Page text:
NEW YORK — Here's news that should offer little comfort to people struggling to find work: Bank loans to businesses are expanding, but those businesses aren't using the money to fund expansion.
So far this year, banks made $61 billion more commercial and industrial loans — an increase of %6.2% — than in the year-earlier January to August period, Federal Reserve data show. Commercial and industrial loans are business loans excluding real estate. Between January and August last year, such loans fell more than 11% from the year-earlier period.
Bankers say the strongest demand for loans is coming from midsize companies. At KeyCorp, a Cleveland bank where commercial loans rose almost 3% in the second quarter from the first, "our clients are performing better than you might think," said Christopher Gorman, head of corporate banking.
This lending expansion comes at a time of sluggish economic recovery and weak job creation. The reason the lending isn't putting much oomph in employment is that the lending is largely to replace machinery and make repairs and upgrades, as exports are boosted by the falling dollar. Little of the lending is funding the kind of expansion of business that would generate robust hiring.
Businesspeople "have come to a point where they have to spend money to replace infrastructure... that they have put off for the last two or three years," said Michael Slocum, head of commercial banking at Capital One Financial Corp., where loans to midsize businesses rose 6%, to $11.4 billion, in the second quarter.
The resulting loan demand is helping banks while they struggle to increase revenue elsewhere. And increased borrowing suggests to bankers a solidly, if slowly, growing economy: In several interviews, bankers said demand continued to increase during the economically turbulent summer.
"Our loan growth this year has been robust," said Mark Watkinson, the head of commercial banking for HSBC Holdings PLC in North America. "Our month of July, for example, was the best month for loan growth this year. August was also strong."
KeyCorp.'s Gorman said he expects loan demand to further "increase in the fourth quarter."
Bankers' optimism stands in contrast to an anemic economy. The Bureau of Economic Analysis said last month second-quarter gross domestic product rose 1%, less than originally estimated, and first- quarter GDP growth had also been revised downward, to 0.4%. Some economists fear the economy might fall back into recession.
While commercial loans are growing, overall lending is less than it should be, by some measures. Bank analyst Gerard Cassidy of RBC Capital Markets studied loan balances in relationship to GDP, and said he calculated second-quarter loan balances should be over $7.06 trillion, rather than the $6.5 trillion banks reported, given nominal GDP of over $15 trillion.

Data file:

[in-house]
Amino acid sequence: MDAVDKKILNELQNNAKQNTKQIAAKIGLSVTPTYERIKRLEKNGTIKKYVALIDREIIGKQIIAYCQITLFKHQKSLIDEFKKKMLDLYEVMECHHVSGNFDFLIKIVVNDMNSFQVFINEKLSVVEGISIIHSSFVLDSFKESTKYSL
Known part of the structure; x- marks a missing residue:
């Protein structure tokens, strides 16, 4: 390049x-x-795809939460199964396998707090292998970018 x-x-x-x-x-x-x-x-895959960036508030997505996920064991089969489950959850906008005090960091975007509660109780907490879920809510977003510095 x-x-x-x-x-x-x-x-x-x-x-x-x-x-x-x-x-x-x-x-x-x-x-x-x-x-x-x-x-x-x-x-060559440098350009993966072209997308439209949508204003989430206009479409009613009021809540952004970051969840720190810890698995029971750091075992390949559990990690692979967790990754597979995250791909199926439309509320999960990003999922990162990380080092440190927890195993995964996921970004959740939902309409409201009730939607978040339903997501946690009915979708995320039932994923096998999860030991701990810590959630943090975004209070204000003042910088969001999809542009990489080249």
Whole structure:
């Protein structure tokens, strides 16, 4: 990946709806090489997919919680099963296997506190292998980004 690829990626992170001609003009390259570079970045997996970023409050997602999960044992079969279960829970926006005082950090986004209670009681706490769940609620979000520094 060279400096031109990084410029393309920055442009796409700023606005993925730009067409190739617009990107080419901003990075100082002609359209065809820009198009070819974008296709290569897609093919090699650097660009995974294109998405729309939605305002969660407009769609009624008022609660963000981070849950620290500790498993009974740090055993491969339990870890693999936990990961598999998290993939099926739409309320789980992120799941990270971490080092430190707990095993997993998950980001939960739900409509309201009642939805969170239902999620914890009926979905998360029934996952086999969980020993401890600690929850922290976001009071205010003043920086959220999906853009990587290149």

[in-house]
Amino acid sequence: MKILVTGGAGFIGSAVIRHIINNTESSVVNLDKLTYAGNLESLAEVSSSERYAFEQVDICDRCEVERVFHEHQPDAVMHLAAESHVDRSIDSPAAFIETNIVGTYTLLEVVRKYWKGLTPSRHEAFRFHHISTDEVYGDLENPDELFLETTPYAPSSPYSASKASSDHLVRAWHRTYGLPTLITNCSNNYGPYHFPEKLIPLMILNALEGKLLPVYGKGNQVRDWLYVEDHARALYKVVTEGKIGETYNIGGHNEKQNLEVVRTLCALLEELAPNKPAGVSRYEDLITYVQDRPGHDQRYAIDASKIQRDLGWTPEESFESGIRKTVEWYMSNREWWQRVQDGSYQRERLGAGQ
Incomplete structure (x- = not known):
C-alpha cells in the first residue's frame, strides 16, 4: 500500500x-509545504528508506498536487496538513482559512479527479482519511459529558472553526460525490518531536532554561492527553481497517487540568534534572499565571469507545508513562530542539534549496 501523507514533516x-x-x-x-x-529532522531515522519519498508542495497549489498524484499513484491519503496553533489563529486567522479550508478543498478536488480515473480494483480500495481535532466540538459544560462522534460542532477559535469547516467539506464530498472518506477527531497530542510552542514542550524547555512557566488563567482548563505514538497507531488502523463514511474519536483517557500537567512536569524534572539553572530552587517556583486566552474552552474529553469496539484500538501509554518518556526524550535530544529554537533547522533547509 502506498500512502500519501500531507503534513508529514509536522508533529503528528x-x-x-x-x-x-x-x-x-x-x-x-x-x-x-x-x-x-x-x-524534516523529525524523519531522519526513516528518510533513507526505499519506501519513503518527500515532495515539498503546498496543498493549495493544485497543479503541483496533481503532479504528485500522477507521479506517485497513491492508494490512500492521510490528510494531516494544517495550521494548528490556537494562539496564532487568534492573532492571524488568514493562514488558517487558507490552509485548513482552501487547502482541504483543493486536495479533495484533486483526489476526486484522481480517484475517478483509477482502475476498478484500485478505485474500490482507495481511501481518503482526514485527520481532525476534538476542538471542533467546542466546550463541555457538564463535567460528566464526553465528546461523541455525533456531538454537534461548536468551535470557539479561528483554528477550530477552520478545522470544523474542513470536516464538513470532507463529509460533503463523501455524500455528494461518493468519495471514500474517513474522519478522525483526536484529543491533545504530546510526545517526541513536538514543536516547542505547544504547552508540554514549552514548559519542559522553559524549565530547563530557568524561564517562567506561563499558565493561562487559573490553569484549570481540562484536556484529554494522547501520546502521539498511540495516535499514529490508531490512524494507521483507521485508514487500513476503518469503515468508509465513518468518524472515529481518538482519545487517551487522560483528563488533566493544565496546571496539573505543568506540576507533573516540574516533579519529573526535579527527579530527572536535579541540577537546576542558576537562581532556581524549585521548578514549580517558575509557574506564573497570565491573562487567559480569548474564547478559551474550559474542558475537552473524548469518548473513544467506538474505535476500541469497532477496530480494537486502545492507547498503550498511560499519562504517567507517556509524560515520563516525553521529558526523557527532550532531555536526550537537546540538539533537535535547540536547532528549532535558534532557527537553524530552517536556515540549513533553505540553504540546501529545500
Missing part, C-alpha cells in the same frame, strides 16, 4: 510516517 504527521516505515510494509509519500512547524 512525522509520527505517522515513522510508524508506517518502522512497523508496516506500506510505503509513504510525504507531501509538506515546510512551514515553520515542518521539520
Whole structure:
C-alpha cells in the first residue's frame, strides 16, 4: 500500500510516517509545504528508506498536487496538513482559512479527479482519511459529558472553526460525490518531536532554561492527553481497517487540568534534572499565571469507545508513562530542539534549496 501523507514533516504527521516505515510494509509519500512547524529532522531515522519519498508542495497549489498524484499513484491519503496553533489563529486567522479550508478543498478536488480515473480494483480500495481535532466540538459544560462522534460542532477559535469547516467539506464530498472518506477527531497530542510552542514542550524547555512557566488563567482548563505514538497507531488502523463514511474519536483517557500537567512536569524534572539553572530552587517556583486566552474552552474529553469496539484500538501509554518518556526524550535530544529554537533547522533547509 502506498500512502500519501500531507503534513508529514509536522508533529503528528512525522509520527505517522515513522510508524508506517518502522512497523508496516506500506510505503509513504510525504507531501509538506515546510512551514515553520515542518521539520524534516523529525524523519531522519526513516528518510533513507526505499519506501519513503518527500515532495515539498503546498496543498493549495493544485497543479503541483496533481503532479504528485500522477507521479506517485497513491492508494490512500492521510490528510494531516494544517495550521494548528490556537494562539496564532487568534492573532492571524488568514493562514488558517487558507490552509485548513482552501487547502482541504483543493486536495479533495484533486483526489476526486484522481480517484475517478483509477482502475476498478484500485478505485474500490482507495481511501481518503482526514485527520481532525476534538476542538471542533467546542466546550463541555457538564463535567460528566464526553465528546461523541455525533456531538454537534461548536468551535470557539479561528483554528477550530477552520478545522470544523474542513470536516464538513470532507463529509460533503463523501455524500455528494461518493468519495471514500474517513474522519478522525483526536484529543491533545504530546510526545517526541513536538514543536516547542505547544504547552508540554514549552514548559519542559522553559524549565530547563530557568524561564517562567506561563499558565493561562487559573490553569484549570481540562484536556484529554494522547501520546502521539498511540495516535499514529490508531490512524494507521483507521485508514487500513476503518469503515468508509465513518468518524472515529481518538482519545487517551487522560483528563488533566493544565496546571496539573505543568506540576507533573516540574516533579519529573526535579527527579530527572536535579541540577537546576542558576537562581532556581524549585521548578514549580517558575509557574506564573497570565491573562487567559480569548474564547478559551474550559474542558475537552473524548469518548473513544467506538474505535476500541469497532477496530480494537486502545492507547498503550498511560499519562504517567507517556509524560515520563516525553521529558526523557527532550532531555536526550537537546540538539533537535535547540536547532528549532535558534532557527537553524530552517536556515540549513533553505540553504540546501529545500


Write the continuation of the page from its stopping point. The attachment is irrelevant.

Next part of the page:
Large corporations have been accessing the bond market rather than bank loans, and demand from small business and consumers remains subdued.
One reason for the growth in the middle: "Corporate America has never had more cash...debt levels are at all-time lows. It's even better than it was three, four months ago," said Carlos Evans, the head of Eastern Corporate Banking at Wells Fargo & Co.
During the recession, businesses "cut costs, lowered break-even points, increased productivity dramatically," he said. Now, "there's a little bit more willingness to make capital investment, there's certainly more willingness to make strategic investments." The San Francisco bank's corporate loans rose 4.2% in the second quarter, to $157 billion.
The negative side effect of improved productivity — and the overall slow recovery — is that companies aren't hiring, several bankers said. "U.S.-based companies are not borrowing to build new factories," HSBC's Watkinson said.
Dealogic data show that merger-and-acquisition activity among middle-market companies has increased almost 34% in the first half this year from a year earlier. Third-quarter deal activity remains strong. Those deals don't help the economy grow, but generate loans for banks.
Meanwhile, manufacturers' inventories, an important source of loan demand and contributor to GDP, continued to rise, according to the Census Bureau. Inventories were up 13% both in June and July from a year earlier.
And U.S. manufacturing companies "are doing a better and better job in the export market," HSBC's Watkinson said. "There'll be more investment in equipment. I remain quietly bullish about U.S. manufacturing."